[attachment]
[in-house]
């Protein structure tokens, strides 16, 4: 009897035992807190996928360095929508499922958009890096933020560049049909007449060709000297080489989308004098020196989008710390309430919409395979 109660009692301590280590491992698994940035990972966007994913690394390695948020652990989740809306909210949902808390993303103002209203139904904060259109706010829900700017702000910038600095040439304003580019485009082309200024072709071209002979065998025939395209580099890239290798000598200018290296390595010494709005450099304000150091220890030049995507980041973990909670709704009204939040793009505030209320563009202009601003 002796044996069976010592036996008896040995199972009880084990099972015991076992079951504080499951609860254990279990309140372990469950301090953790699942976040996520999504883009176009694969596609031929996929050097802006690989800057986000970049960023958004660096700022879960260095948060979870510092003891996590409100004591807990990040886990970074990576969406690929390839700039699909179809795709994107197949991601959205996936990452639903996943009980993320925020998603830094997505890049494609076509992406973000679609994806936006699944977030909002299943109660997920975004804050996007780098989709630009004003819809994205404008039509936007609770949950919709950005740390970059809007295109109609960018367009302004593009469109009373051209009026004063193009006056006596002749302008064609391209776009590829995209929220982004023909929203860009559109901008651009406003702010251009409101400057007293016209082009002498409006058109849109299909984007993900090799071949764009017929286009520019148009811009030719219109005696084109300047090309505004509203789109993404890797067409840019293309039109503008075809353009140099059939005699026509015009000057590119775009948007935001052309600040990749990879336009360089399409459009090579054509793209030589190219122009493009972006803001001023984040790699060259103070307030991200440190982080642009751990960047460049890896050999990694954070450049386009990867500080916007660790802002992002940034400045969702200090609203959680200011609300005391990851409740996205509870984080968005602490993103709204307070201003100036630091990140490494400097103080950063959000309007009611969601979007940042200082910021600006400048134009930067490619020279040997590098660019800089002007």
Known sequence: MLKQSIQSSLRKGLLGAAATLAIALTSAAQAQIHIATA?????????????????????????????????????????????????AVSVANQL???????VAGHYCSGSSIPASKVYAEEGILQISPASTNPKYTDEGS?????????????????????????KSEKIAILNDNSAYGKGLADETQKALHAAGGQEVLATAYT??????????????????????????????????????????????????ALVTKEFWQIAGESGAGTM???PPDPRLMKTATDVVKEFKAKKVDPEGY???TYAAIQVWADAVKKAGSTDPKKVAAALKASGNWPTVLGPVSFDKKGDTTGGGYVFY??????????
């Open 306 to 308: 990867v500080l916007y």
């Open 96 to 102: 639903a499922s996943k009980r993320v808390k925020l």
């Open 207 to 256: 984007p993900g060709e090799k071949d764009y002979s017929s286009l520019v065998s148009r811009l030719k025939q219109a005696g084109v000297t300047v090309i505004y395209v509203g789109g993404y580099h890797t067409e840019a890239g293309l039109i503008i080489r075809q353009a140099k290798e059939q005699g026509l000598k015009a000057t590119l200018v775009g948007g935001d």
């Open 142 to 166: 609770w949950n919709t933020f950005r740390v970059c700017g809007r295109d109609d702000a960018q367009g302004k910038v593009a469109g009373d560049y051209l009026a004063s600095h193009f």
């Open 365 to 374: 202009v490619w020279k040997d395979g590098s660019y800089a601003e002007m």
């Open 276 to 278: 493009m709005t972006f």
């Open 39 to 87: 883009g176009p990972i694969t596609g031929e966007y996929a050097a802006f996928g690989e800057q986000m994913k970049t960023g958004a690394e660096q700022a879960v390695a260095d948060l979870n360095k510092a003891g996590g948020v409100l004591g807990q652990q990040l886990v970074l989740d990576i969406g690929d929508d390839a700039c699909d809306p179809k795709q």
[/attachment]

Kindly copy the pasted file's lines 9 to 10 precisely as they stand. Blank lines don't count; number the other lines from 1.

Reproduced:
């Open 276 to 278: 493009m709005t972006f």
């Open 39 to 87: 883009g176009p990972i694969t596609g031929e966007y996929a050097a802006f996928g690989e800057q986000m994913k970049t960023g958004a690394e660096q700022a879960v390695a260095d948060l979870n360095k510092a003891g996590g948020v409100l004591g807990q652990q990040l886990v970074l989740d990576i969406g690929d929508d390839a700039c699909d809306p179809k795709q």